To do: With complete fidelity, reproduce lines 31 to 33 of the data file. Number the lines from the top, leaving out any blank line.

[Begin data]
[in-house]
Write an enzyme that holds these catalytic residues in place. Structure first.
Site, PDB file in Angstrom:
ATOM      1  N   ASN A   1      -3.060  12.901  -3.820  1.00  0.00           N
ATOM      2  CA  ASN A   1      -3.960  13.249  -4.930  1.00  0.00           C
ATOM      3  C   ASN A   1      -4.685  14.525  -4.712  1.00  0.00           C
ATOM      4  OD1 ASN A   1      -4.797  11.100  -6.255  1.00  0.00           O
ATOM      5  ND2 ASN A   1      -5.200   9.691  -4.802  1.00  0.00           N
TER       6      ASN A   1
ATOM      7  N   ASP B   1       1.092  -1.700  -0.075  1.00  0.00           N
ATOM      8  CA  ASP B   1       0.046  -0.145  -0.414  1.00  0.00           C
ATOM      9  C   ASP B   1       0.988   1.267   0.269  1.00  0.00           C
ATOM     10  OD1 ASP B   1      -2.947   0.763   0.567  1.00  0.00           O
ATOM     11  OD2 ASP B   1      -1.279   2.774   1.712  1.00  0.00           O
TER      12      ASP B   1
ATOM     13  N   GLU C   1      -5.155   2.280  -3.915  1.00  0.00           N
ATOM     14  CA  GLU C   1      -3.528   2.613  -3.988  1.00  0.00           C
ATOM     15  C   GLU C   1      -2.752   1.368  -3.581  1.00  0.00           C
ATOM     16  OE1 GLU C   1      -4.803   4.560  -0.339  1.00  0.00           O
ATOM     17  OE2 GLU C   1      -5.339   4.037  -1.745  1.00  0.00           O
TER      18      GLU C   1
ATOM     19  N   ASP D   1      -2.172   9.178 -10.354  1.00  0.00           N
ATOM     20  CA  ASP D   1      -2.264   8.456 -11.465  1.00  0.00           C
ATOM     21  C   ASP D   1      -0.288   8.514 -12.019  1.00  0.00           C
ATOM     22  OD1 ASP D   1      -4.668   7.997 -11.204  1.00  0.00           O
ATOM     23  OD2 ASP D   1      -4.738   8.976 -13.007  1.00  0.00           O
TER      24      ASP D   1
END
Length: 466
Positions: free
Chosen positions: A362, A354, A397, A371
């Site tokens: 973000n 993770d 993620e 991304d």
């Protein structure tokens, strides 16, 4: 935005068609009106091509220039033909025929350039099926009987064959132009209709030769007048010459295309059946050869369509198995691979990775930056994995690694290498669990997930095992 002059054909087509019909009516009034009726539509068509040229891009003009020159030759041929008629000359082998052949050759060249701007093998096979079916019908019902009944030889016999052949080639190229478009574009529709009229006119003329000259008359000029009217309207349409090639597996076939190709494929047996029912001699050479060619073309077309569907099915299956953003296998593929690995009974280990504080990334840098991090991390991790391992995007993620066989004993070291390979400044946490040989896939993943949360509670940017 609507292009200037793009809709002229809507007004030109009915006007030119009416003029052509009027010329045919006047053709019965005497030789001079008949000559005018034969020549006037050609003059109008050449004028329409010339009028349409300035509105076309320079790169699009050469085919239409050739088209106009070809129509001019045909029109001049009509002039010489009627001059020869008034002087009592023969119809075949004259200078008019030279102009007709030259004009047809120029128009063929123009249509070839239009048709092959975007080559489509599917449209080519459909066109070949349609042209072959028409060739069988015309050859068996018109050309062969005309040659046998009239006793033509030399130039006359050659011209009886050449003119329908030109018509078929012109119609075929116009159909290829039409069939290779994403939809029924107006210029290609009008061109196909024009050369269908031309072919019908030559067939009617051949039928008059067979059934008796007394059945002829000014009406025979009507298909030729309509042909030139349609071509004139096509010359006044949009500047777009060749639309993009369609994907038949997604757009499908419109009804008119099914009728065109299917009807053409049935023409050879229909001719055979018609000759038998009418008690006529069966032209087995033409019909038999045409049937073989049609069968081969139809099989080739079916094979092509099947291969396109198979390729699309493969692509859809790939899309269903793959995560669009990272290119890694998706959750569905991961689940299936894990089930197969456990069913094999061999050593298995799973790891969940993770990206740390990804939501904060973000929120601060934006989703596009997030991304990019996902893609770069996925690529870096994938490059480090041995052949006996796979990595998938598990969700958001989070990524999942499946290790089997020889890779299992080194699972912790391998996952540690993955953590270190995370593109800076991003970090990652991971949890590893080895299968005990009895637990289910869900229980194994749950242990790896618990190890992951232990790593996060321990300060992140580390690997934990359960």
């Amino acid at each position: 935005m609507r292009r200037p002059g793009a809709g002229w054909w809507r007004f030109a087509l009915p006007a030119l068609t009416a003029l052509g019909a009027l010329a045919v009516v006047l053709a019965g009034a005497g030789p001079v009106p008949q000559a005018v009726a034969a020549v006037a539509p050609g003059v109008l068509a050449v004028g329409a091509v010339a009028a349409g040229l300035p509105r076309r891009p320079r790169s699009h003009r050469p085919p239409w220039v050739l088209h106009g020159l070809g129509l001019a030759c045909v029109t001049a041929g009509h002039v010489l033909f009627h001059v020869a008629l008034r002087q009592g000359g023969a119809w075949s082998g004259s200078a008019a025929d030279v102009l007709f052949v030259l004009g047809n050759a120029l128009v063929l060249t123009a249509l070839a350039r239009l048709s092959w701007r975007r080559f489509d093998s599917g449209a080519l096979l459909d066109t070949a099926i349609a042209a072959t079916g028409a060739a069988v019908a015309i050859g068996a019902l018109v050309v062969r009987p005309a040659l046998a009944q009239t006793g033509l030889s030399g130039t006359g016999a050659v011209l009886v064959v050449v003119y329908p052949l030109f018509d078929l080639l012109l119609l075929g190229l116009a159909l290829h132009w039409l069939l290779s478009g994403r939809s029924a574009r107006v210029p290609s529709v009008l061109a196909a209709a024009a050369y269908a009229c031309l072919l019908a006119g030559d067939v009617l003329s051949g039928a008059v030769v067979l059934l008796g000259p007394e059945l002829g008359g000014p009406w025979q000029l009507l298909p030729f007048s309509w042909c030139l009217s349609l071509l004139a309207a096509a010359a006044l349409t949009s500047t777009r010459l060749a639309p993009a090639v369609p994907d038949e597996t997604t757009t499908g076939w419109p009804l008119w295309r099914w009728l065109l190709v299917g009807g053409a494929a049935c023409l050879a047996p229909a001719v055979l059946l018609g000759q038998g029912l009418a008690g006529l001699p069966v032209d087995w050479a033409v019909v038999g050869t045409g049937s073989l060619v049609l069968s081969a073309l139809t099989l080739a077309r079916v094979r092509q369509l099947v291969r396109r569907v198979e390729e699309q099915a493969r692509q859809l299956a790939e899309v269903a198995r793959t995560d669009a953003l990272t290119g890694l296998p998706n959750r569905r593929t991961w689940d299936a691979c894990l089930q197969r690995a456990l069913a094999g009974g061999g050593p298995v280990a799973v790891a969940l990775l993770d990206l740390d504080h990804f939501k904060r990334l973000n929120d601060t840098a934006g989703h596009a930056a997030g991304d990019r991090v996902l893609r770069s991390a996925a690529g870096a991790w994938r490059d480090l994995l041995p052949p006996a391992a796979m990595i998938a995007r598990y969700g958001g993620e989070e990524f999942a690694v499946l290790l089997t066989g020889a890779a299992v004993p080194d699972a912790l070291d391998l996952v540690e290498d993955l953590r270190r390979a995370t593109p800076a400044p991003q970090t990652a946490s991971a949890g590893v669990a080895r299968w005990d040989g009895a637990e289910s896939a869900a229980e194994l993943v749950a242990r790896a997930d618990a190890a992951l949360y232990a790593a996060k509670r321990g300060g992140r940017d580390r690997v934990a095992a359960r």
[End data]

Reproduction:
Chosen positions: A362, A354, A397, A371
């Site tokens: 973000n 993770d 993620e 991304d």
């Protein structure tokens, strides 16, 4: 935005068609009106091509220039033909025929350039099926009987064959132009209709030769007048010459295309059946050869369509198995691979990775930056994995690694290498669990997930095992 002059054909087509019909009516009034009726539509068509040229891009003009020159030759041929008629000359082998052949050759060249701007093998096979079916019908019902009944030889016999052949080639190229478009574009529709009229006119003329000259008359000029009217309207349409090639597996076939190709494929047996029912001699050479060619073309077309569907099915299956953003296998593929690995009974280990504080990334840098991090991390991790391992995007993620066989004993070291390979400044946490040989896939993943949360509670940017 609507292009200037793009809709002229809507007004030109009915006007030119009416003029052509009027010329045919006047053709019965005497030789001079008949000559005018034969020549006037050609003059109008050449004028329409010339009028349409300035509105076309320079790169699009050469085919239409050739088209106009070809129509001019045909029109001049009509002039010489009627001059020869008034002087009592023969119809075949004259200078008019030279102009007709030259004009047809120029128009063929123009249509070839239009048709092959975007080559489509599917449209080519459909066109070949349609042209072959028409060739069988015309050859068996018109050309062969005309040659046998009239006793033509030399130039006359050659011209009886050449003119329908030109018509078929012109119609075929116009159909290829039409069939290779994403939809029924107006210029290609009008061109196909024009050369269908031309072919019908030559067939009617051949039928008059067979059934008796007394059945002829000014009406025979009507298909030729309509042909030139349609071509004139096509010359006044949009500047777009060749639309993009369609994907038949997604757009499908419109009804008119099914009728065109299917009807053409049935023409050879229909001719055979018609000759038998009418008690006529069966032209087995033409019909038999045409049937073989049609069968081969139809099989080739079916094979092509099947291969396109198979390729699309493969692509859809790939899309269903793959995560669009990272290119890694998706959750569905991961689940299936894990089930197969456990069913094999061999050593298995799973790891969940993770990206740390990804939501904060973000929120601060934006989703596009997030991304990019996902893609770069996925690529870096994938490059480090041995052949006996796979990595998938598990969700958001989070990524999942499946290790089997020889890779299992080194699972912790391998996952540690993955953590270190995370593109800076991003970090990652991971949890590893080895299968005990009895637990289910869900229980194994749950242990790896618990190890992951232990790593996060321990300060992140580390690997934990359960």